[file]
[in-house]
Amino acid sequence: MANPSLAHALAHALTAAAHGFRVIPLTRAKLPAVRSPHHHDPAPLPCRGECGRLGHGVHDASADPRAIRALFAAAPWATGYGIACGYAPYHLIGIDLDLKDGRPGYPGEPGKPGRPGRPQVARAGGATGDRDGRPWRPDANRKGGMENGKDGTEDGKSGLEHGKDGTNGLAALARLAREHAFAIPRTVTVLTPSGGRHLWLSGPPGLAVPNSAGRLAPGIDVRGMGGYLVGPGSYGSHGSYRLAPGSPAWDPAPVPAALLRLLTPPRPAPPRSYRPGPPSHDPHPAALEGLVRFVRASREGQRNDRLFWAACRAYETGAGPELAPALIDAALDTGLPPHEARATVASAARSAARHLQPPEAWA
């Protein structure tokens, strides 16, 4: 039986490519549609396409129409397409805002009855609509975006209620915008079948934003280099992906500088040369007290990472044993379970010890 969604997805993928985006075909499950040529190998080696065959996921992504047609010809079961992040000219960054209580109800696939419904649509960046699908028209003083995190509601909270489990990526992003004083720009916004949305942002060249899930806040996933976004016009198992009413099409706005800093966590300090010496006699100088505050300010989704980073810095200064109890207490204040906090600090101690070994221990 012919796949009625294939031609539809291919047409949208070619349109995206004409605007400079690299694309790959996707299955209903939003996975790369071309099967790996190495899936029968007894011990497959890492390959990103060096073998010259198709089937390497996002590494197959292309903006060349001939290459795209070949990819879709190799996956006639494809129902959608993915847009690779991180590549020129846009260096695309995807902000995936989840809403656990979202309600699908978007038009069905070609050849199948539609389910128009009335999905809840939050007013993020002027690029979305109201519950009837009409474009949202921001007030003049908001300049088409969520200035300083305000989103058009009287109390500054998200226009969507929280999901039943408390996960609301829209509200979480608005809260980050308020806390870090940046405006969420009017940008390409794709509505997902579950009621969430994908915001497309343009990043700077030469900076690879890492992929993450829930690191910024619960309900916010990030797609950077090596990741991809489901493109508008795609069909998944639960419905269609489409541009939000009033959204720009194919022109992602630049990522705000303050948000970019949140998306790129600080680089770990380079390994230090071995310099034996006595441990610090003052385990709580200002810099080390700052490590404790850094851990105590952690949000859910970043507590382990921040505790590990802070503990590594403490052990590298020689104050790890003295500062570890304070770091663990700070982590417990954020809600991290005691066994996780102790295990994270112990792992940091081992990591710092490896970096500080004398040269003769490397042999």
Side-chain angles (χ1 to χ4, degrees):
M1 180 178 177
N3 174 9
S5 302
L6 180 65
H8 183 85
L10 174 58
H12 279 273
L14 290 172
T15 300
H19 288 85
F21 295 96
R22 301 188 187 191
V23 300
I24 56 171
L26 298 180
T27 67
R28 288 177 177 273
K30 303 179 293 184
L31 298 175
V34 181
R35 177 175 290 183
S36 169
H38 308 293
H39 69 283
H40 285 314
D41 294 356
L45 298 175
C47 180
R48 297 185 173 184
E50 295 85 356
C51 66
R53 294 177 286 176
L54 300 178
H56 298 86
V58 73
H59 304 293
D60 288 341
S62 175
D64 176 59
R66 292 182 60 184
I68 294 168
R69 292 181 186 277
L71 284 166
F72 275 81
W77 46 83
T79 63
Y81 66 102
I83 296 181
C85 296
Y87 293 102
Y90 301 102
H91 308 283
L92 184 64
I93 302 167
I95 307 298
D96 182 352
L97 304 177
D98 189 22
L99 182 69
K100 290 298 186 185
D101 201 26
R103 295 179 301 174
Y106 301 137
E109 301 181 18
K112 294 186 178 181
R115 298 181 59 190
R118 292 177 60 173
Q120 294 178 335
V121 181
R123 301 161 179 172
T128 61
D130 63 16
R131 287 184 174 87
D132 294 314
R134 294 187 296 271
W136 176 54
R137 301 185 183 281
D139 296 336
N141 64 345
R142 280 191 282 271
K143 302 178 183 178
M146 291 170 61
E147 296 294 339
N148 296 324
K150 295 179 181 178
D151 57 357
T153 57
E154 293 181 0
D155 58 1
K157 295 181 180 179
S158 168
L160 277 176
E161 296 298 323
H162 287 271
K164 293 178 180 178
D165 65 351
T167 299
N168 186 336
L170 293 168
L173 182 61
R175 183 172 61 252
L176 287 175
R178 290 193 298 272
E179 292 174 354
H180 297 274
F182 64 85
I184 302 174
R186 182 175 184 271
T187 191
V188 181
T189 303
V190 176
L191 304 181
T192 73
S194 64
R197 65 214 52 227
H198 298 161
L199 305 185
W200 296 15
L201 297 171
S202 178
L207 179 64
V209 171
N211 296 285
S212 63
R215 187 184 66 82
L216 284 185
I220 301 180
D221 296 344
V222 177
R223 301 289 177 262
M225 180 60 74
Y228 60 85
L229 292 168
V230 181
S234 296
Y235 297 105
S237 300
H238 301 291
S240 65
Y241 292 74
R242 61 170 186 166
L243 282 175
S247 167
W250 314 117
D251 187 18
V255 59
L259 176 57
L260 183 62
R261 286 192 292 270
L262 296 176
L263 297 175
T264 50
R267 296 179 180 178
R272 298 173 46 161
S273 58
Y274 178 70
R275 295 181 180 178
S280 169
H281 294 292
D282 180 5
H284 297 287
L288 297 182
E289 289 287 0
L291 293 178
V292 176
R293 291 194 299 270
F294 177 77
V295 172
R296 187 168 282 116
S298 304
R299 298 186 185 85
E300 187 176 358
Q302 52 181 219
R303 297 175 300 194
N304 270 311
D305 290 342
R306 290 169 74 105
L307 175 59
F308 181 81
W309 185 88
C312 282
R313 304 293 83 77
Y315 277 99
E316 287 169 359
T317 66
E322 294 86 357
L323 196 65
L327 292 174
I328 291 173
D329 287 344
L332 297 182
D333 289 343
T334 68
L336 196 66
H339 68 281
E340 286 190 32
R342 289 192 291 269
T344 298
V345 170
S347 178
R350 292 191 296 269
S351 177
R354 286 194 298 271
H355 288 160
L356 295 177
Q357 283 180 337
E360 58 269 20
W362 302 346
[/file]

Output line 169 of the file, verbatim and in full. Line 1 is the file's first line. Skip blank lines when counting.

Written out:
L291 293 178